SECURITIES AND EXCHANGE COMMISSION
Washington, D.C. 20549
[☒] ANNUAL REPORT PURSUANT TO SECTION 13 OR 15(D) OF THE SECURITIES EXCHANGE ACT OF 1934
For the fiscal year ended: December 31, 2022
[☐] TRANSITION REPORT PURSUANT TO SECTION 13 OR 15(D) OF THE SECURITIES EXCHANGE ACT OF 1934
For the transition period from ________________ to ________________
Commission file number: 000-25426
NATIONAL INSTRUMENTS CORPORATION
(Exact name of registrant as specified in its charter)
|(State or other jurisdiction of incorporation or organization)||(I.R.S. Employer Identification No.)|
|11500 North MoPac Expressway ||78759|
|(address of principal executive offices)||(zip code)|
Registrant's telephone number, including area code: (512) 683-0100
Securities registered pursuant to Section 12(b) of the Act:
|Title of Each Class||Trading Symbol(s)||Name of each exchange on which registered|
|Common Stock, $0.01 par value||NATI||The NASDAQ Stock Market, LLC|
Securities registered pursuant to Section 12(g) of the Act:
Preferred Stock Purchase Rights
Indicate by check mark if the registrant is a well-known seasoned issuer, as defined in Rule 405 of the Securities Act. Yes [x] No ☐
Indicate by check mark if the registrant is not required to file reports pursuant to Section 13 or Section 15(d) of the Act. Yes ☐ No [x]
Indicate by check mark whether the registrant (1) has filed all reports required to be filed by Section 13 or 15(d) of the Securities Exchange Act of 1934 during the preceding 12 months (or for such shorter period that the registrant was required to file such reports), and (2) has been subject to such filing requirements for the past 90 days. Yes [x] No ☐
Indicate by check mark whether the registrant has submitted electronically every Interactive Data File required to be submitted pursuant to Rule 405 of Regulation S-T (§232.405 of this chapter) during the preceding 12 months (or for such shorter period that the registrant was required to submit such files). Yes [x] No ☐
Indicate by check mark whether the registrant is a large accelerated filer, an accelerated filer, a non-accelerated filer, a smaller reporting company, or an emerging growth company. See the definitions of “large accelerated filer”, “accelerated filer”, “smaller reporting company”, and “emerging growth company” in Rule 12b-2 of the Exchange Act.
Large accelerated filer [X] Accelerated filer ☐ Non-accelerated filer ☐ Smaller reporting company ☐ Emerging growth company ☐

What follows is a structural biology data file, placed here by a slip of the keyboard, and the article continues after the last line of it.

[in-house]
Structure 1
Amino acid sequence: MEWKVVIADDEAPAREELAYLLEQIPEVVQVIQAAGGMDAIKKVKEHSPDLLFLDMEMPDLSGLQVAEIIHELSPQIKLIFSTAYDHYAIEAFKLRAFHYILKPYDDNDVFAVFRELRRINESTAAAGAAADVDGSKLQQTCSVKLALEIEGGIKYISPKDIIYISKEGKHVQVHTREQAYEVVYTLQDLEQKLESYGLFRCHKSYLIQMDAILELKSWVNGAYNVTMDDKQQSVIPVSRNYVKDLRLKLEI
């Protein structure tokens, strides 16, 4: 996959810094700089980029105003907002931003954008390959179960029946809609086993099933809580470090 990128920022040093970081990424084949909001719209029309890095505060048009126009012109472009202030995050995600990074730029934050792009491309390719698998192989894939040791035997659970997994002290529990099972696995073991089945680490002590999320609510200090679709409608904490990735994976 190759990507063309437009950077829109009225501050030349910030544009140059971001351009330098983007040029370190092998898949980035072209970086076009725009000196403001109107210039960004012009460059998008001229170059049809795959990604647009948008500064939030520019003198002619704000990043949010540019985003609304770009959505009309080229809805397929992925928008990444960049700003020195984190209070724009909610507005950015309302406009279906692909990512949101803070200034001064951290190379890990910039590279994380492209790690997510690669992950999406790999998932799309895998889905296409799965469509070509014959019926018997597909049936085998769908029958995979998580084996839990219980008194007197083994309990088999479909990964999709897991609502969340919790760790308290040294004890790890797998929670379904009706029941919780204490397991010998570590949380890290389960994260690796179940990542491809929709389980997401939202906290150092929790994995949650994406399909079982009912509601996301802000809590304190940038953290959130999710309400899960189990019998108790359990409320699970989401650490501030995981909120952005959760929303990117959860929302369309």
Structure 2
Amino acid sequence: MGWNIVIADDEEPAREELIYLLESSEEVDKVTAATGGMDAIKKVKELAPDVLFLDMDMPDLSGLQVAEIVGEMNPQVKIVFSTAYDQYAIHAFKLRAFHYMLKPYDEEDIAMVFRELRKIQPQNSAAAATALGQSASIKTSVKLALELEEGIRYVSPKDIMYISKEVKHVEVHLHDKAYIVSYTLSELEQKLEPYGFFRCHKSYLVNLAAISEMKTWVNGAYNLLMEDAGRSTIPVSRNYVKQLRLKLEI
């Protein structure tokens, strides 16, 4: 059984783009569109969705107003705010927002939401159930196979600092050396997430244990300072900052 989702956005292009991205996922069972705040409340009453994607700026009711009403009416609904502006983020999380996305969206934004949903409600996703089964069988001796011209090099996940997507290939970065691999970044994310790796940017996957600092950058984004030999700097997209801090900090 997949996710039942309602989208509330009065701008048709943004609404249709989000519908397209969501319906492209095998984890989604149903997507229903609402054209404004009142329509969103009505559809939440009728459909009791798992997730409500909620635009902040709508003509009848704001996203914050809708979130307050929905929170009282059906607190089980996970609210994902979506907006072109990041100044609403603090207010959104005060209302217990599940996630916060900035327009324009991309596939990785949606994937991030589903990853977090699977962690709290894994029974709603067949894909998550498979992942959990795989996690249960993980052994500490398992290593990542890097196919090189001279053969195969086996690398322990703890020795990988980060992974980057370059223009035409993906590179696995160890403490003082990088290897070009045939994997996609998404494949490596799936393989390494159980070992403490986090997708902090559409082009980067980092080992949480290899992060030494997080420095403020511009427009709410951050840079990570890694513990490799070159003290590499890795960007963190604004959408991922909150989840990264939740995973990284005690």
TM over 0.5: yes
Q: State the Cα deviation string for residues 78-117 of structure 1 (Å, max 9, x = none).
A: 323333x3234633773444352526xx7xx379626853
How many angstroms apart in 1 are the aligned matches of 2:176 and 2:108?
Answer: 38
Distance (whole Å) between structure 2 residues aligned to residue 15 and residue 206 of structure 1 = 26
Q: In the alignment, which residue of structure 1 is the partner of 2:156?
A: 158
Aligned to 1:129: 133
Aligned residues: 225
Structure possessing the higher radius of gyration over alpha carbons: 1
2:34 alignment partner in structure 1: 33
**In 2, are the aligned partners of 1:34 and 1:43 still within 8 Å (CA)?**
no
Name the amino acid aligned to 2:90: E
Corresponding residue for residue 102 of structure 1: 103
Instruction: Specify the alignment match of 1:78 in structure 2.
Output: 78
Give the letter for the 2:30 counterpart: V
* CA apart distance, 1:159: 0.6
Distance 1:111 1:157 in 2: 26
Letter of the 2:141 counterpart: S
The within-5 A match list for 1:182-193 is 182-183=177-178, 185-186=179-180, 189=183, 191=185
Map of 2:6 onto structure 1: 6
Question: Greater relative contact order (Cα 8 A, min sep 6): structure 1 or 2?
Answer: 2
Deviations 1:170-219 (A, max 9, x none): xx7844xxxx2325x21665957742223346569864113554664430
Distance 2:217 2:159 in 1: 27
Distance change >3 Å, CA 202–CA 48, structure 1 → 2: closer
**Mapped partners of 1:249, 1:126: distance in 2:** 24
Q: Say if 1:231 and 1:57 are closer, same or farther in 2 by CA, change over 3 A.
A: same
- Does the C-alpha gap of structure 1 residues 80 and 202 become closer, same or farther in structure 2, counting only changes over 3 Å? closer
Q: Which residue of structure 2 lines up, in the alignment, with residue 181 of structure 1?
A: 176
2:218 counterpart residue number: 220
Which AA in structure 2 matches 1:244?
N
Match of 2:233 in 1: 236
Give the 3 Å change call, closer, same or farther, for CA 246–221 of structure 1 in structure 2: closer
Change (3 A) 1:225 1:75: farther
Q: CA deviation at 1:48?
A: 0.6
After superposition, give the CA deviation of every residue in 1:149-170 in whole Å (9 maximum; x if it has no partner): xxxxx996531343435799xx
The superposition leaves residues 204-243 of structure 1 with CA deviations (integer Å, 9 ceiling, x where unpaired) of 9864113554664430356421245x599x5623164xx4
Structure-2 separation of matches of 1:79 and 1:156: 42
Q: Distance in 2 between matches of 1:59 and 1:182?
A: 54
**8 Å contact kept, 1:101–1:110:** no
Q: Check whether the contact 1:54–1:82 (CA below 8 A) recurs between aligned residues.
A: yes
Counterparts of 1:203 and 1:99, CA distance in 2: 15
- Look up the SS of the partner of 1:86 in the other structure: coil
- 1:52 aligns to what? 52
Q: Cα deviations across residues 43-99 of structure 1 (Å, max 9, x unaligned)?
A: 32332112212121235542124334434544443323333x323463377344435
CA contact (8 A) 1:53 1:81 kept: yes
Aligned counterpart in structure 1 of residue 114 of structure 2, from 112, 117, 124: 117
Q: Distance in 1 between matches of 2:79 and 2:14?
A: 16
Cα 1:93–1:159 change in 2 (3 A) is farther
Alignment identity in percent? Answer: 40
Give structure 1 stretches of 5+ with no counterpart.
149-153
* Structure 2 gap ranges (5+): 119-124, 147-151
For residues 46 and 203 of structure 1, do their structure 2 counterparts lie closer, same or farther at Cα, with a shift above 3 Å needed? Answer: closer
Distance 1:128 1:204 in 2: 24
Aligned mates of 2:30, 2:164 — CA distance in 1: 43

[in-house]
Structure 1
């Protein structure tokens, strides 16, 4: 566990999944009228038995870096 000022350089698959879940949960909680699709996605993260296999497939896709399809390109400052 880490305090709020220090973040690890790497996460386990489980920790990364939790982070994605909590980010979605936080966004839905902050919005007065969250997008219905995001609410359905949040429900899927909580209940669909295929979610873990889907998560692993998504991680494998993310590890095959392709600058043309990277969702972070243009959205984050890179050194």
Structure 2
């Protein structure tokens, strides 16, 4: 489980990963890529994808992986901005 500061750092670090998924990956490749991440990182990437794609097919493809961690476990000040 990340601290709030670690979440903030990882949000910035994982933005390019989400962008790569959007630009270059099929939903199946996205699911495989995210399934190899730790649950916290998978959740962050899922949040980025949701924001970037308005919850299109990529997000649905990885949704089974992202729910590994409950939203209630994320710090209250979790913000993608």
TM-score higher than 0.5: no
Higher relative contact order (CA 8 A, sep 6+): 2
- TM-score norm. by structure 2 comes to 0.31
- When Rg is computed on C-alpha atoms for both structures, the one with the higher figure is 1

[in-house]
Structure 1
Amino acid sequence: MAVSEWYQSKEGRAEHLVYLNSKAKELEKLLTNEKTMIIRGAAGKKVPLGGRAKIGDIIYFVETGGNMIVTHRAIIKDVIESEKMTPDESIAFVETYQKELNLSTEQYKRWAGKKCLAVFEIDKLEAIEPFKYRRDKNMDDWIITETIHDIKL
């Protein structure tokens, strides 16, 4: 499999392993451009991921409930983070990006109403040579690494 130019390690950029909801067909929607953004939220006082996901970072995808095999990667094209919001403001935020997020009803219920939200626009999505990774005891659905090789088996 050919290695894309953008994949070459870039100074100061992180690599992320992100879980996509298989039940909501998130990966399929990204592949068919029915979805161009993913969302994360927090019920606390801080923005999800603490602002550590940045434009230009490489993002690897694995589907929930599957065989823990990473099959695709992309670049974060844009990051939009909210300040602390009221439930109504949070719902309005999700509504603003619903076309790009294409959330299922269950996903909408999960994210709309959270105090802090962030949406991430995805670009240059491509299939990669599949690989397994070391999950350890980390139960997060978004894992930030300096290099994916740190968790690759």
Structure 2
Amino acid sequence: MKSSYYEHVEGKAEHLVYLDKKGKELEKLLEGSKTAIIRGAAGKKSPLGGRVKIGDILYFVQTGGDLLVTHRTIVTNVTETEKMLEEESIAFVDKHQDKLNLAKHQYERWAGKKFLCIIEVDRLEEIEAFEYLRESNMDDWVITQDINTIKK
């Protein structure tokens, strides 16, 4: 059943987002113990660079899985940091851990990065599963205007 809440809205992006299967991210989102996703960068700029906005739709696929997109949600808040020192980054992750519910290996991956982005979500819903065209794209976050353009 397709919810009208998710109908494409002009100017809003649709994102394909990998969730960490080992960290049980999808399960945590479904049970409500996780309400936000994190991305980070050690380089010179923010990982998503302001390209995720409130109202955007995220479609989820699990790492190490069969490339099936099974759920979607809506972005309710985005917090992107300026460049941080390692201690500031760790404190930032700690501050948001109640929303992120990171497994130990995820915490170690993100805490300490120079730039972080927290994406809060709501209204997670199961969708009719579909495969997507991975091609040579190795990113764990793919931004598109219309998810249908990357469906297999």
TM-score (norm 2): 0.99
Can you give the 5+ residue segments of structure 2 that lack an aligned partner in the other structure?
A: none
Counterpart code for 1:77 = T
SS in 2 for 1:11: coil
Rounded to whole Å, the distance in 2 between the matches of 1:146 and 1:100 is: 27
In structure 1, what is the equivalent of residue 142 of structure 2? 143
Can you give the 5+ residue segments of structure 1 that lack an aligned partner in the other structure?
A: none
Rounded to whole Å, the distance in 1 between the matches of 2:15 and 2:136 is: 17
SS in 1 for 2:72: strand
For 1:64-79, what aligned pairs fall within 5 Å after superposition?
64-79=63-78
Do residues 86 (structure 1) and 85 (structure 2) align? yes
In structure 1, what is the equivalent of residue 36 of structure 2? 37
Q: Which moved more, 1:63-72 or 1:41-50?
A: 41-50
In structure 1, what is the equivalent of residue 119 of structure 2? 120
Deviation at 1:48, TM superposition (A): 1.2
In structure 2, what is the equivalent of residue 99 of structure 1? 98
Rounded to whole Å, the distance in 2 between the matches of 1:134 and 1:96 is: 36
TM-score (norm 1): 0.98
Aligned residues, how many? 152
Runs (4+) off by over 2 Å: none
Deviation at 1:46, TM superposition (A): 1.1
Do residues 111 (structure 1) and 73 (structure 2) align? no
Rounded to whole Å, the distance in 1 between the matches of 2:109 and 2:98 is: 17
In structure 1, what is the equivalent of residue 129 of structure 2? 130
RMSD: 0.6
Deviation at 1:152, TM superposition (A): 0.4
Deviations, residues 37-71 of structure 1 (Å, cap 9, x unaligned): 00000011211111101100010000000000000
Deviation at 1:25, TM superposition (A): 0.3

If an emerging growth company, indicate by check mark if the registrant has elected not to use the extended transition period for complying with any new or revised financial accounting standards provided pursuant to Section 13(a) of the Exchange Act. ☐
Indicate by check mark whether the registrant has filed a report on and attestation to its management’s assessment of the effectiveness of its internal control over financial reporting under Section 404(b) of the Sarbanes-Oxley Act (15 U.S.C. 7262(b)) by the registered public accounting firm that prepared or issued its audit report. ☒
Indicate by check mark whether the registrant is a shell company (as defined in Rule 12b-2 of the Act). Yes ☐ No [x]
The aggregate market value of voting and non-voting common equity held by non-affiliates of the registrant at the close of business on June 30, 2022, was $2,555,906,297 based upon the last sales price reported for such date on the NASDAQ Stock Market. For purposes of this disclosure, shares of Common Stock held by persons who hold more than 5% of the outstanding shares of Common Stock and shares held by officers and directors of the registrant as of June 30, 2022, have been excluded in that such persons may be deemed to be affiliates. This determination is not necessarily conclusive.
At the close of business on February 13, 2023, the registrant had outstanding 131,484,530 shares of Common Stock.
DOCUMENTS INCORPORATED BY REFERENCE
Part III incorporates certain information by reference from the definitive proxy statement to be filed by the registrant for its Annual Meeting of Stockholders to be held on May 9, 2023 (the “Proxy Statement”).
For the Fiscal Year Ended December 31, 2022
TABLE OF CONTENTS